Concerning the Review Procedure of the Hong Kong Magistrate

4 pts
Ladies and Gentlemen, today, our dear opponents have proven themselves to be highly persistent and they cling dearly onto their misguided ideas.Legal Principle (cannot judge himself) *
First of all, our dear opponents have implied that the Review Procedure (violates the legal principle of ???one cannot be his own judge???/ is not reliable because the Magistrate is judging itself).
However, let me assure you that the Review Procedure is not advocating self-judgment, but rather, it is advocating reflective evaluation that can allow flaws made in cases to be corrected, thus preserving justice. Are our opponents suggesting that justice is negligible I surely hope not.Biased opinions (goes with above) *
Our dear opponents have, by their previous point, implied that the Review Procedure would advocate decisions made according to the magistrate??™s biased opinions. This will lead to the perversion of justice, or so they claim.
If the Review Procedure is abolished; all appeals of cases would be left to defendants or the accusers. And while defendants would only file appeals if they themselves feel that the judgments they have received are illegitimate, accusers would only file appeals if the judgments the defendant received are illegitimate according to the accusers. Therefore, all types of appeals in this case are based on personal interests. Does this mean our opponents are suggesting that no appeals whatsoever should be made, by any given means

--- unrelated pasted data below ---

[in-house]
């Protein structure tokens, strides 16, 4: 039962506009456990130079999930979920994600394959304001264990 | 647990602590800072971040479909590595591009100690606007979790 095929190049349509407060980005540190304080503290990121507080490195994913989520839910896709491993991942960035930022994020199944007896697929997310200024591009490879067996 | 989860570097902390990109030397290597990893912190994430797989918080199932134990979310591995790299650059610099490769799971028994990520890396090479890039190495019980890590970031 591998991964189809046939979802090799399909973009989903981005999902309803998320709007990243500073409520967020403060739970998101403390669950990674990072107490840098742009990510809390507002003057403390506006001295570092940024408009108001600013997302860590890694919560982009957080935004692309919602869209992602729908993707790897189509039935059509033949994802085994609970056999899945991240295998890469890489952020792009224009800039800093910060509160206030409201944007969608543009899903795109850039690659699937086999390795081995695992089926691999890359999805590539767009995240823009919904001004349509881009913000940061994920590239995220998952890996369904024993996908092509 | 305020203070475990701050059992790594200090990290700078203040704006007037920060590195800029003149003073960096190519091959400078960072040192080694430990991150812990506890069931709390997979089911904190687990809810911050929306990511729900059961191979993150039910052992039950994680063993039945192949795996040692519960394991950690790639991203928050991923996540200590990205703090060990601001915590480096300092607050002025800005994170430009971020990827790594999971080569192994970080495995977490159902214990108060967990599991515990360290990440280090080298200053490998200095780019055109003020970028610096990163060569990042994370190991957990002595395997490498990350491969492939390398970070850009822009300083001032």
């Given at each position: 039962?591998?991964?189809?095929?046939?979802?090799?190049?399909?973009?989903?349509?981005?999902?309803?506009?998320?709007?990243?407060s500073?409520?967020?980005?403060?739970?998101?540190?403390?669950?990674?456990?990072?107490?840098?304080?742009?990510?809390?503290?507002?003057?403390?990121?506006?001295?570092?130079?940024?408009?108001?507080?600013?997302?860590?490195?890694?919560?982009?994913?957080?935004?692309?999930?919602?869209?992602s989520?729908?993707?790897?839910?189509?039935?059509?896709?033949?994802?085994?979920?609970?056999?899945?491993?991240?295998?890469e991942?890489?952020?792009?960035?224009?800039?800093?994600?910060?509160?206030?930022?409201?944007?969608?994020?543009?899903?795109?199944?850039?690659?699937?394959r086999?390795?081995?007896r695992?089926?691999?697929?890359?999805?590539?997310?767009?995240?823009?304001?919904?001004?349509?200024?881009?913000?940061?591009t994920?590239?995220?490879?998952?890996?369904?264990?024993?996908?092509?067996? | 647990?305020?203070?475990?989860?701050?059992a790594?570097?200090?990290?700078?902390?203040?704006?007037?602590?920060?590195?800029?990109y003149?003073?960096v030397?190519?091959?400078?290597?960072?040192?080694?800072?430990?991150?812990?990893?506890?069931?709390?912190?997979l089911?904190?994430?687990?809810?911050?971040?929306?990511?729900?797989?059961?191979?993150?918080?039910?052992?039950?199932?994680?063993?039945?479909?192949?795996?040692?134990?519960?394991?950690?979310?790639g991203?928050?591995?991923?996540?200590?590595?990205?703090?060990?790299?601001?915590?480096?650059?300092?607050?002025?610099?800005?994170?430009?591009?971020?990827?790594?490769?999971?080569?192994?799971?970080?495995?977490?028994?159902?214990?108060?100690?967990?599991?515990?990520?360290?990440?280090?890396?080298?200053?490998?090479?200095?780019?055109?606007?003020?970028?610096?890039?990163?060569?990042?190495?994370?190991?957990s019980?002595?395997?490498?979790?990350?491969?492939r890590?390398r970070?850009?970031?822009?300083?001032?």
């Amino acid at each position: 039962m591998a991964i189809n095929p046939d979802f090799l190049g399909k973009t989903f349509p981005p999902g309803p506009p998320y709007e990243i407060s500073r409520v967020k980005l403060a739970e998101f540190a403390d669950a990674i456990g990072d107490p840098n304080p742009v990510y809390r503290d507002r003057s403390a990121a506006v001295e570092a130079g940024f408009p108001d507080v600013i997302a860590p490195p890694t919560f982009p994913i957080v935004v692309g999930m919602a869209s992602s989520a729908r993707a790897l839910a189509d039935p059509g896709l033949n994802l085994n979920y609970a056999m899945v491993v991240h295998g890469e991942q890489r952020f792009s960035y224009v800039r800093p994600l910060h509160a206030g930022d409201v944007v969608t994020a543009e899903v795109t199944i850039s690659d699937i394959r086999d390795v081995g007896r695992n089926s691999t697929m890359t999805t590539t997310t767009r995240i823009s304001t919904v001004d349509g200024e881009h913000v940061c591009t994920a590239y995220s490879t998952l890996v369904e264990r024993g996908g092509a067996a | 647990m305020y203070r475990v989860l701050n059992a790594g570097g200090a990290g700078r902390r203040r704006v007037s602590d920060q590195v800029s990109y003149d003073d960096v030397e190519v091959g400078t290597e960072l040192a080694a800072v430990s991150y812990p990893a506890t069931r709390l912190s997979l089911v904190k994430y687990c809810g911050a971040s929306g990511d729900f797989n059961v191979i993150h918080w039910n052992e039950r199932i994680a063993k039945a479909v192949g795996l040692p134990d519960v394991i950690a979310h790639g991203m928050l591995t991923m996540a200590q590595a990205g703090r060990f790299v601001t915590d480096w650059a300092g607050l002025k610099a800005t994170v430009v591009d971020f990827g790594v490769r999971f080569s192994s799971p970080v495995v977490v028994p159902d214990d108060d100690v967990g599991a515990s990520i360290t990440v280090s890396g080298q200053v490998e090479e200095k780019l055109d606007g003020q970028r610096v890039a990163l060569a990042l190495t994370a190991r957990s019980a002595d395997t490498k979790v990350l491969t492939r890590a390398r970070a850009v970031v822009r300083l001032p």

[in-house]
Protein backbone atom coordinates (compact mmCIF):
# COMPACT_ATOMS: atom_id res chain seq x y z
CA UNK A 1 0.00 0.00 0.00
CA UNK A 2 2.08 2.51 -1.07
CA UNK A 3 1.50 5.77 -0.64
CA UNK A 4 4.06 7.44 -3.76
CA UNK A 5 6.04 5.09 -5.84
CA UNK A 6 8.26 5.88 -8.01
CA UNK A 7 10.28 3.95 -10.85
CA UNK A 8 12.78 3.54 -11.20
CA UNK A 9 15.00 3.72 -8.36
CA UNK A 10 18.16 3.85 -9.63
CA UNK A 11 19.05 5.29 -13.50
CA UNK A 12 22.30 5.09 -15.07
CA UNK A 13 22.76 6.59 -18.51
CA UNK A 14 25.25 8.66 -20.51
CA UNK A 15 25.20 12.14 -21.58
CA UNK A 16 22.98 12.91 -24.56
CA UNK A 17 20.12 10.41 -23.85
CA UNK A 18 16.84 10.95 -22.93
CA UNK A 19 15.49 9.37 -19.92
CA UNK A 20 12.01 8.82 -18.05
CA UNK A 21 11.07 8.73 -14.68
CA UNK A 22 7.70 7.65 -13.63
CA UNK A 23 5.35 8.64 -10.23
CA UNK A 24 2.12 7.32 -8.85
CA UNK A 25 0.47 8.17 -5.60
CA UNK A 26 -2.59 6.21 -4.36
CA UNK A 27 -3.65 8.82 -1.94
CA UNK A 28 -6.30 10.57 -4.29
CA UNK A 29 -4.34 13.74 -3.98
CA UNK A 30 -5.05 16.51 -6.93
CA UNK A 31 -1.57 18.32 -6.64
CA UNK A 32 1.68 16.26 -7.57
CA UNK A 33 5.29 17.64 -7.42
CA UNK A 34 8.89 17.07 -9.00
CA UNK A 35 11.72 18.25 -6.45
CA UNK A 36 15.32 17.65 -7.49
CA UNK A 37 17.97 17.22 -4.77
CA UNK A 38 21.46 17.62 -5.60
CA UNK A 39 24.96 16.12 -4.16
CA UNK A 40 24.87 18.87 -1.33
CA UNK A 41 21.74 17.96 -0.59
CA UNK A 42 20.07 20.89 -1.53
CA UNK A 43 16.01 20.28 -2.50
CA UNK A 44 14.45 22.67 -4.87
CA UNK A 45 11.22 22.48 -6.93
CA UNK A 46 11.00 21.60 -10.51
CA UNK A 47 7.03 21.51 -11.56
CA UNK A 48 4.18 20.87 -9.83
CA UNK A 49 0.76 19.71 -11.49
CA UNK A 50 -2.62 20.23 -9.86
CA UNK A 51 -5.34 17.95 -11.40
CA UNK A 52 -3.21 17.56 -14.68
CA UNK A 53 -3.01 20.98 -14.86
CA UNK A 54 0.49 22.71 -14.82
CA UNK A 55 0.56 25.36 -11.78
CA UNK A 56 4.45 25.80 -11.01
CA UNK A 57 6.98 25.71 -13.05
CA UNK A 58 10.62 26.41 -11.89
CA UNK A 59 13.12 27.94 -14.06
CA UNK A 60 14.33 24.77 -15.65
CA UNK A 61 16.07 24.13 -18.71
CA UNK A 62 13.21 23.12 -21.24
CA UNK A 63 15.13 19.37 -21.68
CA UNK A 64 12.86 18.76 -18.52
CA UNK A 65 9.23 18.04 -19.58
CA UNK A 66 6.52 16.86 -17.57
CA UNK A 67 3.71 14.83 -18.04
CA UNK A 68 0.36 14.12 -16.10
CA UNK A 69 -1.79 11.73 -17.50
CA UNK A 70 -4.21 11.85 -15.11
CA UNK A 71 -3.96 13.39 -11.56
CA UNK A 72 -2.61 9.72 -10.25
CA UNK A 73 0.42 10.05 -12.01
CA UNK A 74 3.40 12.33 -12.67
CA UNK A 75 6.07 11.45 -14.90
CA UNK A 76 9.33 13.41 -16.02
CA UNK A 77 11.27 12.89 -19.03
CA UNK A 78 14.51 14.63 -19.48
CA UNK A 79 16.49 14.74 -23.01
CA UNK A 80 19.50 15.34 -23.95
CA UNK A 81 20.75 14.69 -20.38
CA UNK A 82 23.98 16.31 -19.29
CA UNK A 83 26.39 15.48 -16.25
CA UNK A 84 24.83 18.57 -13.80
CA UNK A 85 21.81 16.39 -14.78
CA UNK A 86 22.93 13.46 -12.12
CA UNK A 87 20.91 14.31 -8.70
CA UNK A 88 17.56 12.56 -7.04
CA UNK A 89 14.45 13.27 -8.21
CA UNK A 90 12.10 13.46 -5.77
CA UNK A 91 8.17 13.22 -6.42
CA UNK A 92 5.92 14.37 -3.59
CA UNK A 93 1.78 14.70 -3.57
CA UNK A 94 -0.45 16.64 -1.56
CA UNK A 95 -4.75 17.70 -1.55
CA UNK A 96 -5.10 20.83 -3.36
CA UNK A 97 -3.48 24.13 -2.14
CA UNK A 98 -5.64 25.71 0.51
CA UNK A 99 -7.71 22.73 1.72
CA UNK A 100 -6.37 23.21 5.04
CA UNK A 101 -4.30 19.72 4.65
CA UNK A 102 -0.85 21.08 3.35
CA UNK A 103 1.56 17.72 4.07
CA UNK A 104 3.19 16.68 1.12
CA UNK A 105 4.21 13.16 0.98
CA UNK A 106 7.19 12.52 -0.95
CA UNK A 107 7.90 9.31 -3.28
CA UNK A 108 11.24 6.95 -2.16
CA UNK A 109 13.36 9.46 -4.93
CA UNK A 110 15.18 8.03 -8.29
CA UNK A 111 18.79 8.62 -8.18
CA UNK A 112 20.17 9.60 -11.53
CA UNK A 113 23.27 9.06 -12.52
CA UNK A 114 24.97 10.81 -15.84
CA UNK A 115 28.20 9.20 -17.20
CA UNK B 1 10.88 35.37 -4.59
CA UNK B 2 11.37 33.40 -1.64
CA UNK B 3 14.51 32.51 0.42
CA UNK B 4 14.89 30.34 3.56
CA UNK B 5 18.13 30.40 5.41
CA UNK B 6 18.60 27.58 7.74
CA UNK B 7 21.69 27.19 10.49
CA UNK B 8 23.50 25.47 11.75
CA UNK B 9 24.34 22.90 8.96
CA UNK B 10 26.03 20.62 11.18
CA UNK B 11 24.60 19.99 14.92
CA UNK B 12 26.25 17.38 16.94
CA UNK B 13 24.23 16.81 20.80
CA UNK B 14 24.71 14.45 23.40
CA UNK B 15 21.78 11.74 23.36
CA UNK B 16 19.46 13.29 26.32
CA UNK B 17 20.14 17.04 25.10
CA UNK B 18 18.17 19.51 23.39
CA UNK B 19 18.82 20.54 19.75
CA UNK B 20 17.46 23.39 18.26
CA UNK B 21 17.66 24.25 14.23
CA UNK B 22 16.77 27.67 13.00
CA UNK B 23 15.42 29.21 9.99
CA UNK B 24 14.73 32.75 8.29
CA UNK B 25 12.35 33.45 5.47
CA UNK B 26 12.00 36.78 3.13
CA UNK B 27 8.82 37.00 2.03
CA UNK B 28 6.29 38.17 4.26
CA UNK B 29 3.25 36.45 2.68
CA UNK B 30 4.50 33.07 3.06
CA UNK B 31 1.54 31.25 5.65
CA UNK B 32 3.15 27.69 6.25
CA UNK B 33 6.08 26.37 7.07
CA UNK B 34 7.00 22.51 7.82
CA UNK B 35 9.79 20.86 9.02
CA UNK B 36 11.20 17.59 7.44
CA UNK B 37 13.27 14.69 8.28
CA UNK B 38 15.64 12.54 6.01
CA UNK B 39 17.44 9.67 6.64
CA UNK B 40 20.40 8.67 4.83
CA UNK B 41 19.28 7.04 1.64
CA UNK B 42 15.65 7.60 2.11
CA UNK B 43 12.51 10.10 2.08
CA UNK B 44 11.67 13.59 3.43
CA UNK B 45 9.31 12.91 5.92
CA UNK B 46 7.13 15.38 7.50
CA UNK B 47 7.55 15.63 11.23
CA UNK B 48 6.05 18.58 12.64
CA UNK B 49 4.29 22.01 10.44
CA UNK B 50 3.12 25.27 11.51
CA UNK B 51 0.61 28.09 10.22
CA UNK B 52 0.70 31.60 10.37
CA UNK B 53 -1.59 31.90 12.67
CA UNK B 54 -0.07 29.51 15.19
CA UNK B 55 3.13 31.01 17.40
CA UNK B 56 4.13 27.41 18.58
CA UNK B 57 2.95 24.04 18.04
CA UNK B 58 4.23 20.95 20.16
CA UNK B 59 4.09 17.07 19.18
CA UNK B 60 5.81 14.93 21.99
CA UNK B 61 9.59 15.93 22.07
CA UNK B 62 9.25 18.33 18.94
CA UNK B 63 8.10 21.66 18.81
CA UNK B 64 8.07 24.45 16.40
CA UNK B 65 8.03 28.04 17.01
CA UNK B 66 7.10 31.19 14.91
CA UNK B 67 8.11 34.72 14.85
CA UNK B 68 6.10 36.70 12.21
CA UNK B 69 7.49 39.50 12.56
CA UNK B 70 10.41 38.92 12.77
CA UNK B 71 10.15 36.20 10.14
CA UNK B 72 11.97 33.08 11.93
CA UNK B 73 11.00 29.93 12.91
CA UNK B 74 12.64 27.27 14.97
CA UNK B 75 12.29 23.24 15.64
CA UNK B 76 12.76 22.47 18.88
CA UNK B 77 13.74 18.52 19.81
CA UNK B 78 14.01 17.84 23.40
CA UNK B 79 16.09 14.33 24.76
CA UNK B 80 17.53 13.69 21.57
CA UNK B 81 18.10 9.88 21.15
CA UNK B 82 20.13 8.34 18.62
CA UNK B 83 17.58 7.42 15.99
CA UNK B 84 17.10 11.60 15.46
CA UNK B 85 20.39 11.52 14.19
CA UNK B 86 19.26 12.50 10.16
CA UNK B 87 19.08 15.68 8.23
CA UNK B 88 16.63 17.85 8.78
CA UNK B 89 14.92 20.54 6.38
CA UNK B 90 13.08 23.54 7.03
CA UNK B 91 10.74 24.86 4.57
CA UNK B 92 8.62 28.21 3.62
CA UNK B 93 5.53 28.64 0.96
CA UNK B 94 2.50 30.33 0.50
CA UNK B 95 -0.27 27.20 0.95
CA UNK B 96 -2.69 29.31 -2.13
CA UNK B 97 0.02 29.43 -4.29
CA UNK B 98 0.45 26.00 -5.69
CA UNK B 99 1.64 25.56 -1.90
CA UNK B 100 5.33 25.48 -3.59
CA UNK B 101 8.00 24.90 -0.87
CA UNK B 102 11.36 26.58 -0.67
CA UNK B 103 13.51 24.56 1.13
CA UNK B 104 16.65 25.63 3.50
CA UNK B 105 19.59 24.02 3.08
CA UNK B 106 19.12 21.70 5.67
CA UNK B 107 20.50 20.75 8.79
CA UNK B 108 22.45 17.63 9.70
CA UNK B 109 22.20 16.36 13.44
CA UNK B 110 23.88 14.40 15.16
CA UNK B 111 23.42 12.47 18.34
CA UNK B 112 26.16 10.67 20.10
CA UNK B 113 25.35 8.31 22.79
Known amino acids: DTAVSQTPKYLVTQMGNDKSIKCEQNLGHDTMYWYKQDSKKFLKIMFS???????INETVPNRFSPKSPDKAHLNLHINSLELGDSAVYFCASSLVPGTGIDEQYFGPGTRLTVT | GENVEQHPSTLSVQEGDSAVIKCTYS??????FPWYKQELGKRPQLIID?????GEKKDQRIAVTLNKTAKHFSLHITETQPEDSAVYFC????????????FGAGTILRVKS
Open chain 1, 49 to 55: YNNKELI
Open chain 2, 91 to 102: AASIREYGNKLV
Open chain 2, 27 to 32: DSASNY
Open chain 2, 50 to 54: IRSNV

Besides, if a magistrate proceeds to file an appeal against its own case, it means that they have noticed something wrong about the case or have been presented with new perspectives or evidence, and our opponents have failed to take notice of this obvious point.Unnecessary, 61 *
Our dear opponents have also implied that the Review Procedure is unnecessary or even detrimental due to certain risks; otherwise they would not have wanted it to be abolished. But it seems to me that they have yet neglected another point: if something is seldom used, it can still retain its usefulness. Let me put forward a metaphor.
In Hong Kong, there??™s a law which forbids us to murder. Yet it was only put into force 60 times each year. But that does not mean it should be abolished. No. Likewise, the Review Procedure being used 61 times in history shows that it retains its necessity. Answer me this, my dear opponents: defendants and accusers can sometimes be bind by financial terms and fail to file appeals to uphold justice. What will you do then, if the Procedure is abolished Are you implying that these cases do not require justiceRisks **
Our dear opponents have also argued that there might be certain risks to preserving such a Procedure. Allow me to retort by telling you that all kinds of appeals involve risks. Does this mean no appeals should be made The answer is no, obviously.UK
Our opponents have also tried to tell us that just because UK has abolished this Procedure, Hong Kong should too.
But they have simplified the matter to suit their own needs. They must be reminded that the legal community of UK has reached a consensus to do such an act, and what it does has no effects on Hong Kong whatsoever, as the UK and Hong Kong are clearly two separate places.
Are our opponents saying that if a major country does something, anything at all, then Hong Kong must follow I believe no explanation is needed to prove how absurd it is.Bokhary Case
Our opponents have put forward the infamous Bokhary case. They say that because the Review Procedure has no effect on the result, it should then be abolished. Once again they have failed to take notice of the obvious: and has put result over procedural justice.
If the Procedure is abolished, then what more means do we have to pursue justice if appeals from defendants and accusers are already made or are not going to be made

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